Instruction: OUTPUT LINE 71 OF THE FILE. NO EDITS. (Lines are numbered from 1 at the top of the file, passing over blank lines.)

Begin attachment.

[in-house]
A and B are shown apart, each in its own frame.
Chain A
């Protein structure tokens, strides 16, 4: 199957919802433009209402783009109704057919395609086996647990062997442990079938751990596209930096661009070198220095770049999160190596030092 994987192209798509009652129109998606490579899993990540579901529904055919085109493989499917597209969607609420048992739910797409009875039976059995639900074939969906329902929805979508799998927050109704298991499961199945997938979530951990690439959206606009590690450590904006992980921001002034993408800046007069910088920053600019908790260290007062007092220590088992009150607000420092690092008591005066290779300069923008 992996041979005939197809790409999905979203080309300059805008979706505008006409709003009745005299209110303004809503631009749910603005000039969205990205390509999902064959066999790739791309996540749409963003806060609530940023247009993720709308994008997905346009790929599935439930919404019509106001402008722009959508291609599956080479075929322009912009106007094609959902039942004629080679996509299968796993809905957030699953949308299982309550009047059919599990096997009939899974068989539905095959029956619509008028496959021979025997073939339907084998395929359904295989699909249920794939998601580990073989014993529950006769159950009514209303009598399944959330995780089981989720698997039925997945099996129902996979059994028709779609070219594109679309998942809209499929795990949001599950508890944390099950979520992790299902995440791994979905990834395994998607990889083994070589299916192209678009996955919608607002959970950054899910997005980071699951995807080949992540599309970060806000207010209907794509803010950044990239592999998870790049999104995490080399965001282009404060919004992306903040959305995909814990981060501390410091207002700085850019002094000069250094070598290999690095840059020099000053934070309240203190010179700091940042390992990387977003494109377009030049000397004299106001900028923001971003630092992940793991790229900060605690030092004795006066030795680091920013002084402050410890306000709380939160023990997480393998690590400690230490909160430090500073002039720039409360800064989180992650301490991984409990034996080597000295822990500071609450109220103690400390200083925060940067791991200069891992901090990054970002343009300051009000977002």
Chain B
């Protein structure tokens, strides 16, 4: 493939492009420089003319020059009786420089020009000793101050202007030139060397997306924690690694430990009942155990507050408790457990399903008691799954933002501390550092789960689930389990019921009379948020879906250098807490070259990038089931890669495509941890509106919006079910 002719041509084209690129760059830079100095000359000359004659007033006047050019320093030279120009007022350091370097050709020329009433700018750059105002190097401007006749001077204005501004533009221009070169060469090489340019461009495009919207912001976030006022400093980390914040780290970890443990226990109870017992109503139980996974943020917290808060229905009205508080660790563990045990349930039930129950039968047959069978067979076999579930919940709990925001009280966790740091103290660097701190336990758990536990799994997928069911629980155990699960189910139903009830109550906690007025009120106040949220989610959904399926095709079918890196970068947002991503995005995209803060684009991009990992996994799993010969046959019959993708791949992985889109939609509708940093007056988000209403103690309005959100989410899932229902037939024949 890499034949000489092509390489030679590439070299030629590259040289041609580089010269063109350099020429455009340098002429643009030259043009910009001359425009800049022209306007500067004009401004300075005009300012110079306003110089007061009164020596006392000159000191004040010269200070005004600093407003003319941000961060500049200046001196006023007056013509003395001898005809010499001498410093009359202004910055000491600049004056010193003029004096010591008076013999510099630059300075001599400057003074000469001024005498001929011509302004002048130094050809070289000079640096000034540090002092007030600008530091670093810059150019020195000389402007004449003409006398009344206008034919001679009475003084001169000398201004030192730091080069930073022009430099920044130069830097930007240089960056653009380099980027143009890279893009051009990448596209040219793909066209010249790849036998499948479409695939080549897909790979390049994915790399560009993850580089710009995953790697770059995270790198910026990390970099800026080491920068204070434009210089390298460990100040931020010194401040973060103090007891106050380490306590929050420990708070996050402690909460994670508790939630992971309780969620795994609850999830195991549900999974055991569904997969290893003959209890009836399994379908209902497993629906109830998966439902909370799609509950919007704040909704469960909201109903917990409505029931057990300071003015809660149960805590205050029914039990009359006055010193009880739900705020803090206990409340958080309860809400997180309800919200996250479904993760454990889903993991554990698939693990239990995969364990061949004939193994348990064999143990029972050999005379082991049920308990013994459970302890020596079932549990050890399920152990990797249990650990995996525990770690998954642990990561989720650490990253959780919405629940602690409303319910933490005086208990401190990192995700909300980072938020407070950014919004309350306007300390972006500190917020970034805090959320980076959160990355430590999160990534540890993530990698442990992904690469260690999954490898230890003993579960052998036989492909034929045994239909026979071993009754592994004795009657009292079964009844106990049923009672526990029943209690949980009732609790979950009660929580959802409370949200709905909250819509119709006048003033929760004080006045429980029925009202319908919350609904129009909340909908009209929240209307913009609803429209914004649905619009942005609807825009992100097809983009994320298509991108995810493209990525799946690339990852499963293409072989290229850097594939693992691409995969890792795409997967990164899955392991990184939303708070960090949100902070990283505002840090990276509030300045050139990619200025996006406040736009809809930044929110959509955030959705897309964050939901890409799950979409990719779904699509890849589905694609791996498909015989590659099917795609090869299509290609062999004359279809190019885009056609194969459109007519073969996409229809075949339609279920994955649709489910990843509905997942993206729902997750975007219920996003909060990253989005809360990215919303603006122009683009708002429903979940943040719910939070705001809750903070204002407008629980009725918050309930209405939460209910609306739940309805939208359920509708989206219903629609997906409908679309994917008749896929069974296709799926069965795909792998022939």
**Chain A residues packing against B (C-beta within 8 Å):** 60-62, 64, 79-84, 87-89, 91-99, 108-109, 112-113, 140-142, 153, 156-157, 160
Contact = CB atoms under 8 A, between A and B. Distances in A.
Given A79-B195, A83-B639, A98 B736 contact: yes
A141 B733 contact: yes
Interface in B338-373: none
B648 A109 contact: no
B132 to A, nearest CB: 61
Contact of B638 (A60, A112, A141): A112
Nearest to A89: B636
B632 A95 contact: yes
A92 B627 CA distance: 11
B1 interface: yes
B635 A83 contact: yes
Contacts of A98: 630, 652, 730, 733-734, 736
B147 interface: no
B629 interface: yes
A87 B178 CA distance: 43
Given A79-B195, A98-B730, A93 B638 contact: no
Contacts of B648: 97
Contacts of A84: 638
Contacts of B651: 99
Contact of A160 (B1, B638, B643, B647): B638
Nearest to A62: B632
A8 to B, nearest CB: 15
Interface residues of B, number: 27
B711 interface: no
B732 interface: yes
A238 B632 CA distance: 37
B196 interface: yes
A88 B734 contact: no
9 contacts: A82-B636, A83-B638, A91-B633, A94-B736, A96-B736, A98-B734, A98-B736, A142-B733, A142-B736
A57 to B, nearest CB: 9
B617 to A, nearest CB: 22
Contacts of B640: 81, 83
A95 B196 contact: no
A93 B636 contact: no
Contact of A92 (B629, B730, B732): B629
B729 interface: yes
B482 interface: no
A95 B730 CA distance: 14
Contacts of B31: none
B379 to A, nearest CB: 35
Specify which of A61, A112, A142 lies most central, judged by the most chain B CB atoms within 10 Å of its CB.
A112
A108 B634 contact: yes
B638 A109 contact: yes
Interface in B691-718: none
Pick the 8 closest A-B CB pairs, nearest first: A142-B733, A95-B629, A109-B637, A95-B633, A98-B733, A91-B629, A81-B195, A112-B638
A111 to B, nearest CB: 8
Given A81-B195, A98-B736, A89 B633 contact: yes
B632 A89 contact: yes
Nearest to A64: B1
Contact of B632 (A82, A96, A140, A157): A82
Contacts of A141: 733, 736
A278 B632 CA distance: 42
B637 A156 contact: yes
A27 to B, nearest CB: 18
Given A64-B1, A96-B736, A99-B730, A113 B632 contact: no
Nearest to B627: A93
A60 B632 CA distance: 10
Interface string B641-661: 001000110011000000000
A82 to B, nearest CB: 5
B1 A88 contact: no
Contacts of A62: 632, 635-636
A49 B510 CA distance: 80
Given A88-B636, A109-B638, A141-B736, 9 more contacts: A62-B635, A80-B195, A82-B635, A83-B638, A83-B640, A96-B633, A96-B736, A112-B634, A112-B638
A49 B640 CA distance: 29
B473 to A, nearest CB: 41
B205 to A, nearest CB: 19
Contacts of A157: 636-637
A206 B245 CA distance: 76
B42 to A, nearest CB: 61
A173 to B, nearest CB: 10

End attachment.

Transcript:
A49 B510 CA distance: 80